Angela Huang: When you first log on, you see different kinds of videos on a feed. They decided to do that to provide some kind of idea for new users as to what kind of content they can create and showcase based on their quirks and personalities. Users can essentially interact with each other through claps instead of likes. It’s kind of more platonic, and they can increase that to a crush. What’s unique about this entire process is that it’s kept private, and not one user can be very viral. That allows for more meaningful engagement since they’re not judging a person based on how many likes or claps they have, but because they appreciate them.
YPulse: How are you differentiating yourself from other dating apps currently on the market?
Alyssa Goldberg: We’re breaking the old school “swipe left/swipe right” mold by creating a more fun and organic way to date. Never in real life are you encountering a situation where you say “yes” or “no” based on a few pictures, and we get that. We live at that intersection of social and dating to engage users with personality-first video content that you can clap or crush on. This gets users excited to connect through common interests, and make it easier to start conversations. Swiping through traditional dating apps is boring, but with fun videos, prompts, audio, captions, and multiple ways to appreciate and flirt with each other.
YPulse: Forbes described Lolly as the dating app that is “combining TikTok and Tinder.” What made you all want to incorporate short-form videos into users’ profiles as a way to attract potential matches?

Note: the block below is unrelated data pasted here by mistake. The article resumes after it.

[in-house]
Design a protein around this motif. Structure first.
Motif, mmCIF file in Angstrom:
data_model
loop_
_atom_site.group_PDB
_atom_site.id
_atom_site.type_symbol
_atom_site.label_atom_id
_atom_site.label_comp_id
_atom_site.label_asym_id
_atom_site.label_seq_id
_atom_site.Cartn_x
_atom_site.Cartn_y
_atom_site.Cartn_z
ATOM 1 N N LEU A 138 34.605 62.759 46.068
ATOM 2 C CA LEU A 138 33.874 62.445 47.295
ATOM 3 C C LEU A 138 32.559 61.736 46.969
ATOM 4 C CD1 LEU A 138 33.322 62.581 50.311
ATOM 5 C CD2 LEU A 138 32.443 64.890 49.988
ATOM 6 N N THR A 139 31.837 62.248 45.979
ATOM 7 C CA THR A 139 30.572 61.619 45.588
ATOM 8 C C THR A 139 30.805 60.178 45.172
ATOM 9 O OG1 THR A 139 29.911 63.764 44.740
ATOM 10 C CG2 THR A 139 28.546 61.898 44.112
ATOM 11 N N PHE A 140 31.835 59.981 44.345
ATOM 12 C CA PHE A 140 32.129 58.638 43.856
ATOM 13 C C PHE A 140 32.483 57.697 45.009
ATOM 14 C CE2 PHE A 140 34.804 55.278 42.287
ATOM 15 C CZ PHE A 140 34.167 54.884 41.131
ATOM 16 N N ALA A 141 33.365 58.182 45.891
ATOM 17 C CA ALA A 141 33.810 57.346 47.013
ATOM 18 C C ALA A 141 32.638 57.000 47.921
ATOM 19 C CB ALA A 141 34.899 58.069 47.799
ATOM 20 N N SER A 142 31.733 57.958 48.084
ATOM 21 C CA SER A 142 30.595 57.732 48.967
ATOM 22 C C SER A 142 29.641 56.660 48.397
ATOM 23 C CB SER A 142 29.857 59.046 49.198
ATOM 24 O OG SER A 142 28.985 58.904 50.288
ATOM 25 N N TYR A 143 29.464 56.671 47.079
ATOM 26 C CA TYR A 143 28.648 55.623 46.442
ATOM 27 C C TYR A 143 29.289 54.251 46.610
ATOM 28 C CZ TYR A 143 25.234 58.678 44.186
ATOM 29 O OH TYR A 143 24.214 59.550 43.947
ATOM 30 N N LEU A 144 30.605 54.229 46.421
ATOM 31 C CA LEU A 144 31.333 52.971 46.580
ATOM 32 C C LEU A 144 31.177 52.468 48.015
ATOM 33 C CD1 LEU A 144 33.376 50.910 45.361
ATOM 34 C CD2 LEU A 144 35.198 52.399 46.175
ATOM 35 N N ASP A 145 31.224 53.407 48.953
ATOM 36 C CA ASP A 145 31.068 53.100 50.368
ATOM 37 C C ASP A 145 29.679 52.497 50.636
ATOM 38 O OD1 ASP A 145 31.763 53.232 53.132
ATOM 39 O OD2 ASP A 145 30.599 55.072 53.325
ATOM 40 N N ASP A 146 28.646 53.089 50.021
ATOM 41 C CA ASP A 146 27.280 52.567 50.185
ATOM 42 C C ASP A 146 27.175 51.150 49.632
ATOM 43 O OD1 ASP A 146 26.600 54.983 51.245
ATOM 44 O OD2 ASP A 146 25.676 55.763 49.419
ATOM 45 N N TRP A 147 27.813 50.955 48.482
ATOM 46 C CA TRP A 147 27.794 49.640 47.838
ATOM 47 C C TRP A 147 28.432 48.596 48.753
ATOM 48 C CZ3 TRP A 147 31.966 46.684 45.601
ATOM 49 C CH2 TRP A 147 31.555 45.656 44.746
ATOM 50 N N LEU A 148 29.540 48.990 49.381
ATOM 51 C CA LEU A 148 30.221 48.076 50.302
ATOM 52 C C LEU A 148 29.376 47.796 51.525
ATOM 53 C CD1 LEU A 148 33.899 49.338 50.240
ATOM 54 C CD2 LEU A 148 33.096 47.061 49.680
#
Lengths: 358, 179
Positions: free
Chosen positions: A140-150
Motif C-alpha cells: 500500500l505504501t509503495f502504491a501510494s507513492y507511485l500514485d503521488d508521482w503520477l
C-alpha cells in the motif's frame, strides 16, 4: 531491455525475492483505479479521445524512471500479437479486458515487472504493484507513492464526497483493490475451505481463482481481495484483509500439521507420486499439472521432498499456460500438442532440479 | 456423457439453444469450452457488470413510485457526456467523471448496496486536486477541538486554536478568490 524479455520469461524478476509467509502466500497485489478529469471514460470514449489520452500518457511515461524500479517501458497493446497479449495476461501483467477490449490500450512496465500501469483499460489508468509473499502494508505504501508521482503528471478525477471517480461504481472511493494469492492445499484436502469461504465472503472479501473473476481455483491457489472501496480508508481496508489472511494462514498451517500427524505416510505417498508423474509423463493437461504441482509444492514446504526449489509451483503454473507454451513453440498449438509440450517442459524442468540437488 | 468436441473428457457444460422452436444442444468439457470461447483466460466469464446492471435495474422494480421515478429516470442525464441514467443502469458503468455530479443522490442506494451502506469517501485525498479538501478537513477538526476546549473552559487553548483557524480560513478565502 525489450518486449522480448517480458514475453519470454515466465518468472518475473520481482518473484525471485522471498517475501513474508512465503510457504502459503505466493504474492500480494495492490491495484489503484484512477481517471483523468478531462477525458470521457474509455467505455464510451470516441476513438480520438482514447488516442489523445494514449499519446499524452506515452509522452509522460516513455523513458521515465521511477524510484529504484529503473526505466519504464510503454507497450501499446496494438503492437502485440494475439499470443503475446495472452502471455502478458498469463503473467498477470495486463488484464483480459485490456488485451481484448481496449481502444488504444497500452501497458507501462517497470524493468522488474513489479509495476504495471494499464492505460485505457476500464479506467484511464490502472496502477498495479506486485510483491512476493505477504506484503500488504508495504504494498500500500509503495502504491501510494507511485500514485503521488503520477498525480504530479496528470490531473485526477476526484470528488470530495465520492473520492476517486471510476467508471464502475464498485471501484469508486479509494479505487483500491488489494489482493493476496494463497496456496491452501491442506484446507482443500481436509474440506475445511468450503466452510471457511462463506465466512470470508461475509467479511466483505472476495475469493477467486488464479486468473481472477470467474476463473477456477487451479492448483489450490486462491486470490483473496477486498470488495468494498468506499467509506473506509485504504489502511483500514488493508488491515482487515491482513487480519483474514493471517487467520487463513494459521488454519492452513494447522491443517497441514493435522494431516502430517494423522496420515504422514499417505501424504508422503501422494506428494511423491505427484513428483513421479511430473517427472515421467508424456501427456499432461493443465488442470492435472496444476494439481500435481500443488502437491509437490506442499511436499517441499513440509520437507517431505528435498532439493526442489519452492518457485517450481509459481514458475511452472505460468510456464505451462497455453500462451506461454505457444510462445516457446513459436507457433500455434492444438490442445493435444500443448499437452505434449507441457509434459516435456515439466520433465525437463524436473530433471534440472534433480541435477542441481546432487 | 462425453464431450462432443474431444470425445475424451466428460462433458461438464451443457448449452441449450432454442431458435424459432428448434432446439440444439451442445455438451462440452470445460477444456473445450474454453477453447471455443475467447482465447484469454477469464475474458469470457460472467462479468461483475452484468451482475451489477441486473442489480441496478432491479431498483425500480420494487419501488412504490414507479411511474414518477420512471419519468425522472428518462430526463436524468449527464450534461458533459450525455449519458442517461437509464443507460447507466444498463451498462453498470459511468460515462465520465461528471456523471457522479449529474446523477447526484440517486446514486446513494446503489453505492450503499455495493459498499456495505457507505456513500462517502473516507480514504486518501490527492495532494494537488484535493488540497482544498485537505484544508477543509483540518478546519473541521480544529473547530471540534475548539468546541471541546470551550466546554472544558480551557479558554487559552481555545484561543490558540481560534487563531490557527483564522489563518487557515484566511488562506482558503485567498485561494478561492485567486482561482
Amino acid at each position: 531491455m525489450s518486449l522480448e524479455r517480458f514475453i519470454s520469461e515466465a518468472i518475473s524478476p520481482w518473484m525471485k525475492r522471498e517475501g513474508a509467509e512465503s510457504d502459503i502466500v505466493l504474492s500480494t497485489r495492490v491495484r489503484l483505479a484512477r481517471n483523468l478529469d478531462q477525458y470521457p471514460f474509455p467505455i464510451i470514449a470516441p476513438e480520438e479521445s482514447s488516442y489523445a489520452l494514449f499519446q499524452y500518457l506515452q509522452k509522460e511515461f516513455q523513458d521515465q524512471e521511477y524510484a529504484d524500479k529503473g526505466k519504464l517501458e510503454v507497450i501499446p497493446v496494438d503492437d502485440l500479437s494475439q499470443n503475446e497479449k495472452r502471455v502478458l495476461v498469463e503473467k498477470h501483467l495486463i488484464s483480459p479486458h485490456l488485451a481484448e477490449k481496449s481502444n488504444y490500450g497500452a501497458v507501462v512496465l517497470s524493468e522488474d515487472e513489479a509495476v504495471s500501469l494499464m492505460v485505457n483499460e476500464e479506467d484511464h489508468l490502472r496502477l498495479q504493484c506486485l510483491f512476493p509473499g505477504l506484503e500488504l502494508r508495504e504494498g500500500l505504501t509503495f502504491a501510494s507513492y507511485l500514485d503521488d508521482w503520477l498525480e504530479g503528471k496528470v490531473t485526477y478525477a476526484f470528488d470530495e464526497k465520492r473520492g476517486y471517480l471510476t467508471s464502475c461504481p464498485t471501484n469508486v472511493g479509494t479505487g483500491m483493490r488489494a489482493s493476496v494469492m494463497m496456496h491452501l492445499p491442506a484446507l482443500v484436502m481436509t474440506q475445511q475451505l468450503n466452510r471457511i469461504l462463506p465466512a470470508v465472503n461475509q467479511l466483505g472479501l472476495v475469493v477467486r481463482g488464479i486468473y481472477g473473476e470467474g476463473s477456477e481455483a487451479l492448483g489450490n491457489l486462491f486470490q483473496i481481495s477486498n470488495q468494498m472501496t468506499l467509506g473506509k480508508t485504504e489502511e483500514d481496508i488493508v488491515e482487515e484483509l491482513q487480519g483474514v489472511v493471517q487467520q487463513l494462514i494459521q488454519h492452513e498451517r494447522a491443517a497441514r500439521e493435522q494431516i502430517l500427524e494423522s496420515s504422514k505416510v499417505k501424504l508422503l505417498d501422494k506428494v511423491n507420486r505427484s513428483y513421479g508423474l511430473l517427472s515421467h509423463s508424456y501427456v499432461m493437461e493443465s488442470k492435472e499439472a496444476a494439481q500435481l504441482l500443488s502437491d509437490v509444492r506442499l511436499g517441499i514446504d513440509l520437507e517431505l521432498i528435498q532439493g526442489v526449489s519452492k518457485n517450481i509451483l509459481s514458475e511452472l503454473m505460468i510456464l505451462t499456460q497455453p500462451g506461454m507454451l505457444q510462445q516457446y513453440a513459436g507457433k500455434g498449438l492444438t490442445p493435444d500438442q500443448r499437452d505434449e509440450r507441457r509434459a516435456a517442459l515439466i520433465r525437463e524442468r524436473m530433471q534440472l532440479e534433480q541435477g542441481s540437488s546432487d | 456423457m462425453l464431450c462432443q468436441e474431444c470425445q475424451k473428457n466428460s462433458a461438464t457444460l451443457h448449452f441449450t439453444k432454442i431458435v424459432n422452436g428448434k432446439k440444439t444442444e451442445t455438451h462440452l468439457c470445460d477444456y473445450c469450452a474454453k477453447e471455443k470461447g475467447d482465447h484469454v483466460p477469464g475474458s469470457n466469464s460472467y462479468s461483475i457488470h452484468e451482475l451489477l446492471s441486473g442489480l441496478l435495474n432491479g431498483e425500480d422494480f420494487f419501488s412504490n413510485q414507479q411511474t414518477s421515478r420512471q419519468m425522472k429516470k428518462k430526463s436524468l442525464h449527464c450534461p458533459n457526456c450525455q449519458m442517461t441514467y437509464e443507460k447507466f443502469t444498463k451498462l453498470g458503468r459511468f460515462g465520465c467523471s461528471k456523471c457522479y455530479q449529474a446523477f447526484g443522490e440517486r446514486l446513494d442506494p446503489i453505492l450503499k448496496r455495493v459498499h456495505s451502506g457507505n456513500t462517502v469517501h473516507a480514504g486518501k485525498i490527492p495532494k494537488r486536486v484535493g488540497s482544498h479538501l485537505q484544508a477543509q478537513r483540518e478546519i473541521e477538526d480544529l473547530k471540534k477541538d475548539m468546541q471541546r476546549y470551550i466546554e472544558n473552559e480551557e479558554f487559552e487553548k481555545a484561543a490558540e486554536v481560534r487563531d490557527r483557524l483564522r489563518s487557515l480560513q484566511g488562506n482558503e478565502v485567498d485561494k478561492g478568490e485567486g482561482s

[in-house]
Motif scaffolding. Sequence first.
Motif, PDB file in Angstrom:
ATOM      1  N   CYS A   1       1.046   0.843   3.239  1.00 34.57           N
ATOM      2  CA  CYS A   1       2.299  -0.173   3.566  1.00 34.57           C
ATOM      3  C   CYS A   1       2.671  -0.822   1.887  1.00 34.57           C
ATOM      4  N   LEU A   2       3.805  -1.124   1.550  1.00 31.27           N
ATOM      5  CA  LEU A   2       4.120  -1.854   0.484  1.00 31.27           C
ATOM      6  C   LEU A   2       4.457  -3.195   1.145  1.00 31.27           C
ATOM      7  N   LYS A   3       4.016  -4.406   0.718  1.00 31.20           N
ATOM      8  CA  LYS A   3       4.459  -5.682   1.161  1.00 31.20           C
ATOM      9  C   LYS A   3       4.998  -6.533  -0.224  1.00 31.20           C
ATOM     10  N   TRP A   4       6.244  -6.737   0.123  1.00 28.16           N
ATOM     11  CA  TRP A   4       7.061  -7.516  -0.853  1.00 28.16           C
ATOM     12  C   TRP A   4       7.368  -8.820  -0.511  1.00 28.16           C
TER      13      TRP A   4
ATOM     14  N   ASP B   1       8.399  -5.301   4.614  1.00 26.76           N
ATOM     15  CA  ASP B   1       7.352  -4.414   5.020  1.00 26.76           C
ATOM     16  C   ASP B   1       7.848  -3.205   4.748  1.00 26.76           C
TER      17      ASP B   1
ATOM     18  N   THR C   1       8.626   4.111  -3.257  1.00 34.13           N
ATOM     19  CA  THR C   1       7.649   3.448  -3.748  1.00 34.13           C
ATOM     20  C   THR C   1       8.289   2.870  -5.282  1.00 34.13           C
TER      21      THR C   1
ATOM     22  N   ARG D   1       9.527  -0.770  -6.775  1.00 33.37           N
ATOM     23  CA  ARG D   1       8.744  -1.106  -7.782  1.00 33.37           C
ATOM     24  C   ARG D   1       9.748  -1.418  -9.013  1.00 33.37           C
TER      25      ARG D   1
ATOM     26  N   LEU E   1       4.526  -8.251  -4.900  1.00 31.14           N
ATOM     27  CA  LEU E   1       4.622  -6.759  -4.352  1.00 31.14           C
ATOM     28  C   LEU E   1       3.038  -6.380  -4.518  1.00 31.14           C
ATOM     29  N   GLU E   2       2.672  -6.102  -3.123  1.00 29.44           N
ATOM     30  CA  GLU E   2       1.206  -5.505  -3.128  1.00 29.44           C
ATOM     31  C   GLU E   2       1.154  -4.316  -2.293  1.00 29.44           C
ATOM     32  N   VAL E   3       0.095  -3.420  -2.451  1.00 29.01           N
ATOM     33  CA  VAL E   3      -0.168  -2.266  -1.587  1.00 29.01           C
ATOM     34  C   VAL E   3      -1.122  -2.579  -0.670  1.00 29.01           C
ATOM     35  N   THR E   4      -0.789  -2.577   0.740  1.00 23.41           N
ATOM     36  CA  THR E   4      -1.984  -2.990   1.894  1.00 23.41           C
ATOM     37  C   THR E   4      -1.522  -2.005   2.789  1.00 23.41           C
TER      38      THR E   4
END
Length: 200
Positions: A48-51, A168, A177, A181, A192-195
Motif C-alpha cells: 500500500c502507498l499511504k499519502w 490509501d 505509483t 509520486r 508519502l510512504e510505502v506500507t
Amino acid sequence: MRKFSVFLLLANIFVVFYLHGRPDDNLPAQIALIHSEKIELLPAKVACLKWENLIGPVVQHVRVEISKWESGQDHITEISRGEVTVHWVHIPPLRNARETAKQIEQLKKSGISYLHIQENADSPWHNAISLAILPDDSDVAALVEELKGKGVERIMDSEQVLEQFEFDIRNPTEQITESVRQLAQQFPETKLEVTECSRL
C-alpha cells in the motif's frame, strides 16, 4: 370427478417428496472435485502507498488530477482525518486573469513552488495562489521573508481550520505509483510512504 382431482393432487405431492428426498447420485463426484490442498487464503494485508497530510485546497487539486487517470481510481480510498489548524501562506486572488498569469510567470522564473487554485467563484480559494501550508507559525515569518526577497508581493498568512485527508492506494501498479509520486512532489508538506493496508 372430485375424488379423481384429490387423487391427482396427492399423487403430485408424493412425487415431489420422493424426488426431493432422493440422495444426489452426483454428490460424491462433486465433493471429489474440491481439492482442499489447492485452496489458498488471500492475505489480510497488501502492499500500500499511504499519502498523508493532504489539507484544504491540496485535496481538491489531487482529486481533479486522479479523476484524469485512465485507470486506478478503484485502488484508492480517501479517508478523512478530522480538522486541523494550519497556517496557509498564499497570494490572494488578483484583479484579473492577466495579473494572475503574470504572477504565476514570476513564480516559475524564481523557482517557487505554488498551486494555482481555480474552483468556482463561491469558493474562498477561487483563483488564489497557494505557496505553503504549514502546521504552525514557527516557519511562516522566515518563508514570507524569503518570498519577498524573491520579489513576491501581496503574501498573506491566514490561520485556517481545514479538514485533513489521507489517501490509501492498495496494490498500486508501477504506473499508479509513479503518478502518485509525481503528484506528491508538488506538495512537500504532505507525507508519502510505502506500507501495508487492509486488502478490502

Sasha Schermerhorn: We are leveraging the behaviors that have been democratized by leading platforms like TikTok. Short-form video content is fun, engaging, and above all, the best way to showcase talent and personality. In the real world, dating encapsulates all of these, so why hasn’t online dating caught up yet? The leading dating apps only allow users to showcase their physical attractiveness through static pictures, and not their personality, interests, or talents. As you can imagine, this means that the majority of users fall through the cracks and are unable to show to the world that they are more than just their physical appearance and height measurement. Short-form video content enables people to express themselves freely and honestly, and that’s where Lolly fits into the picture—pun intended.
YPulse: Why did you specifically want to target Gen Z daters?
AG: We wanted to target Gen Z because these are people already excited and familiar with video-first experiences like TikTok, and it is a generation that isn’t just ready, but excited to express themselves in more ways than just some pictures and a bio.
SS: I think, most importantly, it’s simply because we are Gen Z. We have each personally experienced the pain points of dating online and therefore are solving a problem that we have literally been through first-hand. As an extension, Gen Z is a generation that demands change and has led the charge to bring positivity and inclusion into the world. By shifting dating away from a world of “left swipes” and height measurements, Lolly’s goal is to give Gen Z the platform they deserve—one in which personality and effort prevail.